At our weekly figure drawing session at Studio b. last night, we were privileged to have one of the regular participants as our guest artist, Susan Alfieri, a retired teacher living in Inlet Beach, FL. Susan enjoys working with Vis-a-Vis water soluble markers to sketch the form and then she uses a clear water wash to allow the marker lines to bleed and blend to create tonal relationships. The impermanent black marker wash separates into blues, violets, and shades of bronze. I used a blue pen similarly, to produce one of my favorite drawings last winter, on February 12, 2010. You never know what’s going to happen when you wash over the drawing. Because the marker is impermanent, it needs to be protected from sunlight, by UV-protectant spray or UV-resistant glass.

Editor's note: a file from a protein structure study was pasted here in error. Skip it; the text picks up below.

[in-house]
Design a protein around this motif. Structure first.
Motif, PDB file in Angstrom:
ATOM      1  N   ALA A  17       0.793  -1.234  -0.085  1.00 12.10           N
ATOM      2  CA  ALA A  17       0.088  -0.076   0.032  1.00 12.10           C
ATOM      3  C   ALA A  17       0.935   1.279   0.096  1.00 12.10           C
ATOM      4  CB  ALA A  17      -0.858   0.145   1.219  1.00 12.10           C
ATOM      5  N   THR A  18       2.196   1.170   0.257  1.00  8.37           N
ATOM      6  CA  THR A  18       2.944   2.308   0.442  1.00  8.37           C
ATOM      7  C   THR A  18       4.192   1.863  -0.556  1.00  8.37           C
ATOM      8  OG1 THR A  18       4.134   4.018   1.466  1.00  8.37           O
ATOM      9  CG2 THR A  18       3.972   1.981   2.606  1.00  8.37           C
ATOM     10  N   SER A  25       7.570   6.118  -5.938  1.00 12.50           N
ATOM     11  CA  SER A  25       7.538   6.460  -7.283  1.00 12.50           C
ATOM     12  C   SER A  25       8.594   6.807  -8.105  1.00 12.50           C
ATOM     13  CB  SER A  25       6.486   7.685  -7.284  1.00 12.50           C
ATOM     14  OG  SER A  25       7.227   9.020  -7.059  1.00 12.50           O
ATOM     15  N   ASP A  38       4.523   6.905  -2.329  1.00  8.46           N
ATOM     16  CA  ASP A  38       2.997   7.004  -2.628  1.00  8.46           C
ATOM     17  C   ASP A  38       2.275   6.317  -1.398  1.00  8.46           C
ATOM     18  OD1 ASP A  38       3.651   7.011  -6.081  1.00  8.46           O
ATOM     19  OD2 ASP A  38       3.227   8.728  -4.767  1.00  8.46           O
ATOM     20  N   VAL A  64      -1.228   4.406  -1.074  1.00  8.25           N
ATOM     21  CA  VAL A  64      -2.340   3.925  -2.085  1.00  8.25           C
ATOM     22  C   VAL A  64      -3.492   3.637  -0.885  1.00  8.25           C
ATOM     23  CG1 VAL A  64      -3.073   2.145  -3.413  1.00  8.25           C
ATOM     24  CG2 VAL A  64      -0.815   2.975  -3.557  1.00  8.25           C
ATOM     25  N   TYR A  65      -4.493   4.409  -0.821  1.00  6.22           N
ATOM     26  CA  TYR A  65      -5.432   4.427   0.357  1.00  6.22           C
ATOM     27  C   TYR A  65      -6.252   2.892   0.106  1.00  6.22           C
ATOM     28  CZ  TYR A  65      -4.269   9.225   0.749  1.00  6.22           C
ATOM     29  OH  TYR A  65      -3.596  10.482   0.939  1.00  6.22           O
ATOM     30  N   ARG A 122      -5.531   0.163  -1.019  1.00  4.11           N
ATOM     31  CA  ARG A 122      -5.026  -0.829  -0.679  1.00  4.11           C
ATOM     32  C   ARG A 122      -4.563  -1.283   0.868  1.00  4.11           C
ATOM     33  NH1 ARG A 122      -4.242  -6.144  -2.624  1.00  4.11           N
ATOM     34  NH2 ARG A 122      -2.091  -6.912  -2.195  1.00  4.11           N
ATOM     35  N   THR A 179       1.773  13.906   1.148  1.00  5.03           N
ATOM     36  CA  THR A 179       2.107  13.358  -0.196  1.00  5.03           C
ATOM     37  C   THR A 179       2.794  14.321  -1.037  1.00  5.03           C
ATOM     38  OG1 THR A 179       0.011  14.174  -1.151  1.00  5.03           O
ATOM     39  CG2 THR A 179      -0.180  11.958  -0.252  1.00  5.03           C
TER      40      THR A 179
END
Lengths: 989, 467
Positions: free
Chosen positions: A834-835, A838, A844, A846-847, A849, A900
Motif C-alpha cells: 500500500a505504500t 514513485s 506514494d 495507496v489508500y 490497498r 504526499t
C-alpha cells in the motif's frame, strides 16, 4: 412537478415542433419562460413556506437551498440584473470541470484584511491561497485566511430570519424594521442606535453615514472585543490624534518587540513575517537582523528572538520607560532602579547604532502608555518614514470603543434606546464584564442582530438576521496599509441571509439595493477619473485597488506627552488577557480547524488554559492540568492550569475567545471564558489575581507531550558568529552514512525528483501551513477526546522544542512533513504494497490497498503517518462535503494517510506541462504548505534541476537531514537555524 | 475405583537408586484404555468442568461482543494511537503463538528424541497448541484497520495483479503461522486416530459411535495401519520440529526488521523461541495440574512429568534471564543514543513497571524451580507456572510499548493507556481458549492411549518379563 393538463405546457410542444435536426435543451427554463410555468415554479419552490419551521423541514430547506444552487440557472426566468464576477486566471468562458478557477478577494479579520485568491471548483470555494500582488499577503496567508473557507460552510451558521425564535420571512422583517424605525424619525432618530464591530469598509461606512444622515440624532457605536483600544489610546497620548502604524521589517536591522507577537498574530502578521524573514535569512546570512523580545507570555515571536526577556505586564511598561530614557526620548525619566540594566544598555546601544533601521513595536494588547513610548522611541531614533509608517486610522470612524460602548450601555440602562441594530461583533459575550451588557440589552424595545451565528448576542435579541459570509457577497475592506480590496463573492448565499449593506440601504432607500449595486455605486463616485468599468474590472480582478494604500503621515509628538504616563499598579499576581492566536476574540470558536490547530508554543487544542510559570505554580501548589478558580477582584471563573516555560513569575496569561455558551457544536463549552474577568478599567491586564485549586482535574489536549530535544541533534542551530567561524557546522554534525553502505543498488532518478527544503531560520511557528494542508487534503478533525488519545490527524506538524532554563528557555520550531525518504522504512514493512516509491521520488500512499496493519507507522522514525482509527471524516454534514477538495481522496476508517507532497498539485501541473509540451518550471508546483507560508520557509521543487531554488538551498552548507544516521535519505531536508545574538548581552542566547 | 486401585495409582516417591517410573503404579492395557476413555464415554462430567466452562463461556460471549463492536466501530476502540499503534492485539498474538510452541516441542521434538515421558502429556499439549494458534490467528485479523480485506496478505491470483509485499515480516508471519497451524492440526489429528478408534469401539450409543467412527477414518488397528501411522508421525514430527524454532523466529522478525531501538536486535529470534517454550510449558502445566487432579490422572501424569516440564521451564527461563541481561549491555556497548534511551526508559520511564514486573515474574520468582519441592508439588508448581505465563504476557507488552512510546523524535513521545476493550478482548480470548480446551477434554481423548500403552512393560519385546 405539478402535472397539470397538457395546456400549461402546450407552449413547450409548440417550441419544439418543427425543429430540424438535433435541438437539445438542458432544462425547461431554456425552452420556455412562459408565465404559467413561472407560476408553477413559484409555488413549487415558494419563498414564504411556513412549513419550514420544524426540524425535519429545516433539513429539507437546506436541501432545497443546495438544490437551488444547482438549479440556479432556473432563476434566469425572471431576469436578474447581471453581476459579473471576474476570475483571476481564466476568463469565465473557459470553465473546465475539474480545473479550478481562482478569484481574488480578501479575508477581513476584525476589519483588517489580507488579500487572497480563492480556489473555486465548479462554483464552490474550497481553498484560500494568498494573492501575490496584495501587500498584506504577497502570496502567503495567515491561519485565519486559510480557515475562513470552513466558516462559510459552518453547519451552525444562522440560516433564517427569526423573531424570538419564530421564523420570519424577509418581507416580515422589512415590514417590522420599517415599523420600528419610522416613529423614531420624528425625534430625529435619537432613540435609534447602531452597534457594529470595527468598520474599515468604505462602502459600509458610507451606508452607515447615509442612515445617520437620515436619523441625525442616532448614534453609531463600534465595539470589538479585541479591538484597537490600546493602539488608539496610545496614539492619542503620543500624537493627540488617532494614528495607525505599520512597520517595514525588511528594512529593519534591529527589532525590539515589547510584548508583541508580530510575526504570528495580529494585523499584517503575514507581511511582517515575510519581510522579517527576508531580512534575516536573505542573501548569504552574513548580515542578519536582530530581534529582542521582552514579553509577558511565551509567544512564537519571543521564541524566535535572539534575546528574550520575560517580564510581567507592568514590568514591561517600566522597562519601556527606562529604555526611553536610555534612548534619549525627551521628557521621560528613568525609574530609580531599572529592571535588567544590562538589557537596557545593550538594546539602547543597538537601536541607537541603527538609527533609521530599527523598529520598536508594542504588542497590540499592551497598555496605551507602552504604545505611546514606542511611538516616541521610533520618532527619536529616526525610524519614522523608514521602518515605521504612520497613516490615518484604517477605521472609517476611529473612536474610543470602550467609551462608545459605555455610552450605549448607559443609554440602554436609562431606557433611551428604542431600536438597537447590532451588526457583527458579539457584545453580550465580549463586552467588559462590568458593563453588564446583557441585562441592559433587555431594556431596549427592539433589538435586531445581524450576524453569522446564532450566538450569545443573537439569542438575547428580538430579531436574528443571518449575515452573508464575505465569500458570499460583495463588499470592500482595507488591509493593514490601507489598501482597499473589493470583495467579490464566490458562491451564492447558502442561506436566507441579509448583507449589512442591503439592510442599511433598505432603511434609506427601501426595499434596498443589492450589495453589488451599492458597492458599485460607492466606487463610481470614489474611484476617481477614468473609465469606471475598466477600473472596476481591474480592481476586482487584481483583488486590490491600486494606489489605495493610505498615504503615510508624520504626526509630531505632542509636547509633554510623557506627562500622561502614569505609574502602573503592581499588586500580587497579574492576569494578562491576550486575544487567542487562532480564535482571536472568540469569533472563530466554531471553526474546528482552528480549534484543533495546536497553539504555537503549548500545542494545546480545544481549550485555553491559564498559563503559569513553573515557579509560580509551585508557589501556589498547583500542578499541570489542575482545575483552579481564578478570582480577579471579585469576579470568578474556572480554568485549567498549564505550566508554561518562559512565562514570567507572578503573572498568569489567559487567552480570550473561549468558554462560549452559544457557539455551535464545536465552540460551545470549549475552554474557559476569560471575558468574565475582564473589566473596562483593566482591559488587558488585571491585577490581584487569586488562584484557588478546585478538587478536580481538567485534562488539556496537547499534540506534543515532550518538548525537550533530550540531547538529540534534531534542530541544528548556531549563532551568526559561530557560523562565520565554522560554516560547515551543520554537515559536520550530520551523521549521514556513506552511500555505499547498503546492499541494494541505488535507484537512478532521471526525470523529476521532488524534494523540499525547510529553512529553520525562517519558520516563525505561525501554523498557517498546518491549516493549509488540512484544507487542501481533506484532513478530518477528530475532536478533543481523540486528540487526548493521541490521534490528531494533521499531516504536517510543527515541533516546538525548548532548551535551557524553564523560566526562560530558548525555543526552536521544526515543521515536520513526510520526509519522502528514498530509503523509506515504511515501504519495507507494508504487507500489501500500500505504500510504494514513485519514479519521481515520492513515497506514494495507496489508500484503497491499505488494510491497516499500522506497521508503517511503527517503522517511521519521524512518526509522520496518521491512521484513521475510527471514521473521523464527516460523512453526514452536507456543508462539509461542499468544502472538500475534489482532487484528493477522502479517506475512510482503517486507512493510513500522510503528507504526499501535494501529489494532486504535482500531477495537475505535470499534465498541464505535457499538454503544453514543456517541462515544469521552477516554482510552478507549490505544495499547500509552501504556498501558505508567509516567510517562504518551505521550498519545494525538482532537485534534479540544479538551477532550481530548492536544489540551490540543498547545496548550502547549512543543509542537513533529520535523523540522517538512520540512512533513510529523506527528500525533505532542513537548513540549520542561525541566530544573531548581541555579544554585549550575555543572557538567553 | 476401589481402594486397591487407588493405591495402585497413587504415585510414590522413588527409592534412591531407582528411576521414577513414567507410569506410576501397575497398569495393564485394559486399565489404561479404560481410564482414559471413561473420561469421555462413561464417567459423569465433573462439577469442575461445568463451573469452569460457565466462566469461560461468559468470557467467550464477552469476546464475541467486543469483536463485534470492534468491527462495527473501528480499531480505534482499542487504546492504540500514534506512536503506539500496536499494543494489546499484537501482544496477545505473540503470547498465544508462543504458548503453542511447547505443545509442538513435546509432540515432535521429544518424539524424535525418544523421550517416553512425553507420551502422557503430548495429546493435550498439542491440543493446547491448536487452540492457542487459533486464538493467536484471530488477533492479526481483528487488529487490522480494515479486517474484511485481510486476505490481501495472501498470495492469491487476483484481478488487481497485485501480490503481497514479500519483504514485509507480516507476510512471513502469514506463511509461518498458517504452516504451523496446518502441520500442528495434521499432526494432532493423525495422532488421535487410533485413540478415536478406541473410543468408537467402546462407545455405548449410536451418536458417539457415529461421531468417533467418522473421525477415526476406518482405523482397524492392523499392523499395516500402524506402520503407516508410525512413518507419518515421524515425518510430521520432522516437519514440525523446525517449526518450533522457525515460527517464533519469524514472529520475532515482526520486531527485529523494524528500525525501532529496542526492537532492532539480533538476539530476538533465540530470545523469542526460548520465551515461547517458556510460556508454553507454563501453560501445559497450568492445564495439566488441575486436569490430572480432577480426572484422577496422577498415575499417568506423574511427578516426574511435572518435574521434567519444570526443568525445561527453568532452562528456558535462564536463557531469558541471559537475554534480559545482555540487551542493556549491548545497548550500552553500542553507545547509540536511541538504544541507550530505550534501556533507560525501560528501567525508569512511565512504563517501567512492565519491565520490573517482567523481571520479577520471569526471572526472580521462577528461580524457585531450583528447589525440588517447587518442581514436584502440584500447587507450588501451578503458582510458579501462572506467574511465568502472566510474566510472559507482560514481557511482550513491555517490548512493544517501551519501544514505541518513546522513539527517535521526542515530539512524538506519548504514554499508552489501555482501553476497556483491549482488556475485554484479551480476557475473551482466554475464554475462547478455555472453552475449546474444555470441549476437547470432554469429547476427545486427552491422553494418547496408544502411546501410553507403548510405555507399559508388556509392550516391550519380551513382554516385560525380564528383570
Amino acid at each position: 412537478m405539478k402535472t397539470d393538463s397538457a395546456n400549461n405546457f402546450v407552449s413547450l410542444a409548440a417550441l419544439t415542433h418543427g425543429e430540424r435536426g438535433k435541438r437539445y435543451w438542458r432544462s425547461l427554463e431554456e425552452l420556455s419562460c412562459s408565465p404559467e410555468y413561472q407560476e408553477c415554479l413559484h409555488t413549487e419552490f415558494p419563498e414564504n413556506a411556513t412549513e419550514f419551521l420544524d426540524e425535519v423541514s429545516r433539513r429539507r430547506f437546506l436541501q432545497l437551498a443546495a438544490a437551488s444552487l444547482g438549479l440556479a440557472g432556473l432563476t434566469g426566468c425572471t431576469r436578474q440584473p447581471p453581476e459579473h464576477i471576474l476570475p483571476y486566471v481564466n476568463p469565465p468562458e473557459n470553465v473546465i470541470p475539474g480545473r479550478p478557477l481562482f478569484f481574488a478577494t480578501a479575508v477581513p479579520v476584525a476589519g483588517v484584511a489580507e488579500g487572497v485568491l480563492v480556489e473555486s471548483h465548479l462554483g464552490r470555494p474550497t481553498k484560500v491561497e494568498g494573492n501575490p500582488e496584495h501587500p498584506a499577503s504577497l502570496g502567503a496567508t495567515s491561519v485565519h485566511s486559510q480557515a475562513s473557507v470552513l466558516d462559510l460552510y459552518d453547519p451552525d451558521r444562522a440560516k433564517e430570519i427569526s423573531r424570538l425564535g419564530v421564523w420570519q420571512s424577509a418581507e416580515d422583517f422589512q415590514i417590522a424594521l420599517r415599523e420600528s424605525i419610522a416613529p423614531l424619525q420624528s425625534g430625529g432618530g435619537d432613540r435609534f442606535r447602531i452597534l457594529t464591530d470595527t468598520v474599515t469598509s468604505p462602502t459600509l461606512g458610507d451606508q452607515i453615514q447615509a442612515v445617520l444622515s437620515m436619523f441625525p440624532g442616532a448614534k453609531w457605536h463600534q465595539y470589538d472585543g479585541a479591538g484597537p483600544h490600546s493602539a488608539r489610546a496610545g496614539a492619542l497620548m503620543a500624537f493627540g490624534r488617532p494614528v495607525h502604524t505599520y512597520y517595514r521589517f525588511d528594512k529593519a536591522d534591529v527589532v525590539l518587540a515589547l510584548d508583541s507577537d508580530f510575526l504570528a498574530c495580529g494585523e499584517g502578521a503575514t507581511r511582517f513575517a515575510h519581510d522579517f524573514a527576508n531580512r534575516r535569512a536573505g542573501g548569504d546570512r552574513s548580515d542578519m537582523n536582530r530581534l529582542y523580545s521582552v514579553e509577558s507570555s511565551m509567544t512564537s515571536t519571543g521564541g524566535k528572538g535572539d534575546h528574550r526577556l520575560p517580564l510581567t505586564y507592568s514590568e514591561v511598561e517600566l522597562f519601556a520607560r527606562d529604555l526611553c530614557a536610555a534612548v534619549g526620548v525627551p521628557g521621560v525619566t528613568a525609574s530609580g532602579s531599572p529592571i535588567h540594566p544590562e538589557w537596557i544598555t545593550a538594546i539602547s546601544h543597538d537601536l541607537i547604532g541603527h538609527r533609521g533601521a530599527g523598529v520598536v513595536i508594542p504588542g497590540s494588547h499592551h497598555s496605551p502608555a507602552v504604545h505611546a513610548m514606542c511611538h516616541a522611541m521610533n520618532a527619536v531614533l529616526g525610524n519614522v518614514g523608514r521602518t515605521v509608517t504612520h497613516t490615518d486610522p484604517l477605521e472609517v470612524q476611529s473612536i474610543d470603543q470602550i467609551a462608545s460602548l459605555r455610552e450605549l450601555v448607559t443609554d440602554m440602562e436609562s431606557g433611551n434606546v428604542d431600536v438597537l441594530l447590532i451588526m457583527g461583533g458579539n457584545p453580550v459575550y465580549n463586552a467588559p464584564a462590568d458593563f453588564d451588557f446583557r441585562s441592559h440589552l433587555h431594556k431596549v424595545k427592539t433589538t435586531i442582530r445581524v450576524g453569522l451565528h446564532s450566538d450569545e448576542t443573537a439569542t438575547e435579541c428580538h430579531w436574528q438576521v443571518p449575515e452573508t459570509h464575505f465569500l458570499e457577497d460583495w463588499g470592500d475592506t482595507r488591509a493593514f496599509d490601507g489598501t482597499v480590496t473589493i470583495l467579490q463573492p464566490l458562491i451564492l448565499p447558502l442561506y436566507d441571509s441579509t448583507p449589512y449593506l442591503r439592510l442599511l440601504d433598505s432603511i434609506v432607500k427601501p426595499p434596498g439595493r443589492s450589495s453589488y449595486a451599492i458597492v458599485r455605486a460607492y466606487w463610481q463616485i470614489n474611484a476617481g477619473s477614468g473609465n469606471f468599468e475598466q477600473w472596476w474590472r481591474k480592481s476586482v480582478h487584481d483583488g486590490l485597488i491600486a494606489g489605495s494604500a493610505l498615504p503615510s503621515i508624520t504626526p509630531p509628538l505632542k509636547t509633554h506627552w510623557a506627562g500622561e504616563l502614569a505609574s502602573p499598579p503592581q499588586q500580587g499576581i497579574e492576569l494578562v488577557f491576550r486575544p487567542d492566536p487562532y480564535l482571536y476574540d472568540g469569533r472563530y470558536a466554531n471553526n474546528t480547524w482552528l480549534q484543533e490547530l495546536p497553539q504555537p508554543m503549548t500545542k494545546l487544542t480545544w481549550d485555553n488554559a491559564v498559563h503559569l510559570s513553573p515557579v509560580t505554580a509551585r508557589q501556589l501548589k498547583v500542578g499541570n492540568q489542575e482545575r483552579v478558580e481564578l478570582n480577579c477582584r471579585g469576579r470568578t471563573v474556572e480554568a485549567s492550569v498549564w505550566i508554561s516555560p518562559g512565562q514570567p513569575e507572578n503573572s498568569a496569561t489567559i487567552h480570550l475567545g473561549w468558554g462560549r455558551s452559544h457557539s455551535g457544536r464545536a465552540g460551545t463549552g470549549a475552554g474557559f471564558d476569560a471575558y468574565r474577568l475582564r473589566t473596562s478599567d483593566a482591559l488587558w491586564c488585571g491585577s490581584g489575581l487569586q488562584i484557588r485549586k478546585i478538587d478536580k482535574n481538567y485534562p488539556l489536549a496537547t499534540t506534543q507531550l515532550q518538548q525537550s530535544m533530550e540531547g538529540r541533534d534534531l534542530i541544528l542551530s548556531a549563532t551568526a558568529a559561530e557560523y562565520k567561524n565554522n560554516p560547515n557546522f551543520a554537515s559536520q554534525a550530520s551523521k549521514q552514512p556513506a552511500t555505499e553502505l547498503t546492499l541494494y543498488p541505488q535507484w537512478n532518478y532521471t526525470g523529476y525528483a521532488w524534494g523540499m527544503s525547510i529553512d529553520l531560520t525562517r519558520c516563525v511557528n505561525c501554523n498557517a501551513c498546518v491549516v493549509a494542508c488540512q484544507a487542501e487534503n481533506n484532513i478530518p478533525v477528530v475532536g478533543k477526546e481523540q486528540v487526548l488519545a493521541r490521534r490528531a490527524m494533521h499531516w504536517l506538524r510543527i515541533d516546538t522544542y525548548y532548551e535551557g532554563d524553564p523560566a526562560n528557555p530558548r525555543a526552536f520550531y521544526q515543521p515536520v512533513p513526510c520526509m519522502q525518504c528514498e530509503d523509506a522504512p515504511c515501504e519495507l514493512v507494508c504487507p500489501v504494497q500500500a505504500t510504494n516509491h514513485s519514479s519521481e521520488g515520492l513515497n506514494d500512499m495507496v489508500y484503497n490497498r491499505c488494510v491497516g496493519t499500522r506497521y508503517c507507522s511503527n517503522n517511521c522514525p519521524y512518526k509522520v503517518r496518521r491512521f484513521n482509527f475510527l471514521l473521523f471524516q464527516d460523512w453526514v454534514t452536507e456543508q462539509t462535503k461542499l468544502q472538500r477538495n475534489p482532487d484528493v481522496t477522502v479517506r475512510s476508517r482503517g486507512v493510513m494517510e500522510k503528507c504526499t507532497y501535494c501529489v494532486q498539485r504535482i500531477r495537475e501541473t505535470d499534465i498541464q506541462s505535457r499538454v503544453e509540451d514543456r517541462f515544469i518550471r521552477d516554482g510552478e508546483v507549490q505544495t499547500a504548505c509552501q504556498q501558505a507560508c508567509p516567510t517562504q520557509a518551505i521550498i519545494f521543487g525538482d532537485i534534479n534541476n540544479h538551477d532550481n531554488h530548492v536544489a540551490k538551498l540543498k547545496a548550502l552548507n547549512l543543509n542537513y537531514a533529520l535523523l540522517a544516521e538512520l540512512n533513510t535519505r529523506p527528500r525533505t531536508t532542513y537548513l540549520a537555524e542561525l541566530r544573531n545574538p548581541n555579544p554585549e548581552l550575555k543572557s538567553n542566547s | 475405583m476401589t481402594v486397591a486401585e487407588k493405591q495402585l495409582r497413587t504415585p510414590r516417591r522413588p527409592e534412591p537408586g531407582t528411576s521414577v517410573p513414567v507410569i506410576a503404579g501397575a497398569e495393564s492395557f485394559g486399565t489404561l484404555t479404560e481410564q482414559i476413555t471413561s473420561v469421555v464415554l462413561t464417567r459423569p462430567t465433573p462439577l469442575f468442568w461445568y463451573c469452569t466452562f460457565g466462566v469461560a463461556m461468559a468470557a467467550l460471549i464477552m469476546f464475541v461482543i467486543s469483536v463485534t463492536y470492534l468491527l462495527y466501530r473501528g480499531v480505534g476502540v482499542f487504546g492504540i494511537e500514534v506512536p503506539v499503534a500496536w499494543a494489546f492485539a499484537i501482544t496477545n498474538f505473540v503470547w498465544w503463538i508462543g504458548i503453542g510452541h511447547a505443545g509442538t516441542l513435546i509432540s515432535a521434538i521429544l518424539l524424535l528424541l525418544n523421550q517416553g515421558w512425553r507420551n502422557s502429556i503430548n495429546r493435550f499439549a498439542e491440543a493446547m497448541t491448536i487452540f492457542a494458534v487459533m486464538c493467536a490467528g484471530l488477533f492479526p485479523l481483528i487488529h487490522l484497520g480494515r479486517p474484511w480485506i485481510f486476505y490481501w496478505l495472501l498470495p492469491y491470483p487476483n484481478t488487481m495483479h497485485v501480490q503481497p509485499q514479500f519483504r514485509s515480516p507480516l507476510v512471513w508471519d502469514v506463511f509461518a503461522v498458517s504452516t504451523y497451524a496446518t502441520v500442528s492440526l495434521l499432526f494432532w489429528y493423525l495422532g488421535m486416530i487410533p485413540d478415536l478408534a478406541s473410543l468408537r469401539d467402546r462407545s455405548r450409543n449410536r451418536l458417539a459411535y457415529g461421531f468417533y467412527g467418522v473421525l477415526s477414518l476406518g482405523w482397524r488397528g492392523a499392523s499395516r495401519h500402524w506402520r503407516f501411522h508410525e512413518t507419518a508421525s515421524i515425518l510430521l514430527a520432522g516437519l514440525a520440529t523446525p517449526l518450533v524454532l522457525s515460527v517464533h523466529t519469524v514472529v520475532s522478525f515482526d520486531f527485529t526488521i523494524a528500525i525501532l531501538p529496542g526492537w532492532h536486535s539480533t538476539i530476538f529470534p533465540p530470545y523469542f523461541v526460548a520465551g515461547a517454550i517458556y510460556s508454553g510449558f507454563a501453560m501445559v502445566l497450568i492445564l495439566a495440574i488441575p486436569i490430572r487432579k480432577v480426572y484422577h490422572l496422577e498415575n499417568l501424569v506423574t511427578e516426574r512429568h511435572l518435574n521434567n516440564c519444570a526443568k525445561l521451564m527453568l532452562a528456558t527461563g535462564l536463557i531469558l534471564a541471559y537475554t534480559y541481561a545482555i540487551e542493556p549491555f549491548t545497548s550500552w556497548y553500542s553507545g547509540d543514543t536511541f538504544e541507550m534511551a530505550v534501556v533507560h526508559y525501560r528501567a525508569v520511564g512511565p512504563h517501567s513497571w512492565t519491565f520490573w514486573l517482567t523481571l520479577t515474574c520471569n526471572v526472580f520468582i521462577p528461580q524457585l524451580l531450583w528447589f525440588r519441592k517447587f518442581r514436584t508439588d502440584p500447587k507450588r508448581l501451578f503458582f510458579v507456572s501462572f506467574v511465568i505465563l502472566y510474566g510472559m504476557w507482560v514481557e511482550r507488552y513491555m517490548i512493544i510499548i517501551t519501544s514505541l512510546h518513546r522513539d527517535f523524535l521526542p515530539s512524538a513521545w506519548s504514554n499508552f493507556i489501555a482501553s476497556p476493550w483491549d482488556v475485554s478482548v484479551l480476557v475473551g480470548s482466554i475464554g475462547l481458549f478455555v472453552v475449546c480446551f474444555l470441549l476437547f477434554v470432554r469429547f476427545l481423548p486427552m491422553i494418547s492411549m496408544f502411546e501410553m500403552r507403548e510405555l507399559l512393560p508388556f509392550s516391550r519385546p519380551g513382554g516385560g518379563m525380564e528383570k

I enjoy media exploration. After working with the markers on smooth (hot press) watercolor paper, I tried out a tinted charcoal pencil from a set that I had just bought, which also is water soluble, but the colors don’t separate. It leaves the grainy marks of the pencil showing through the wash on the textured cold press watercolor paper. I used Derwent “Bilberry”.
There was some discussion and experimentation with the model’s pose. It is not very important to me how the model is posed except that I am not fond of contortions that look like they would hurt an ordinary person. I do like asymmetrical poses, and I like poses where air spaces create negative shapes in the composition, but usually, if the model takes a position they can hold for the duration of the pose, then I can move around the room to find a vantage which gives me some lighting I like.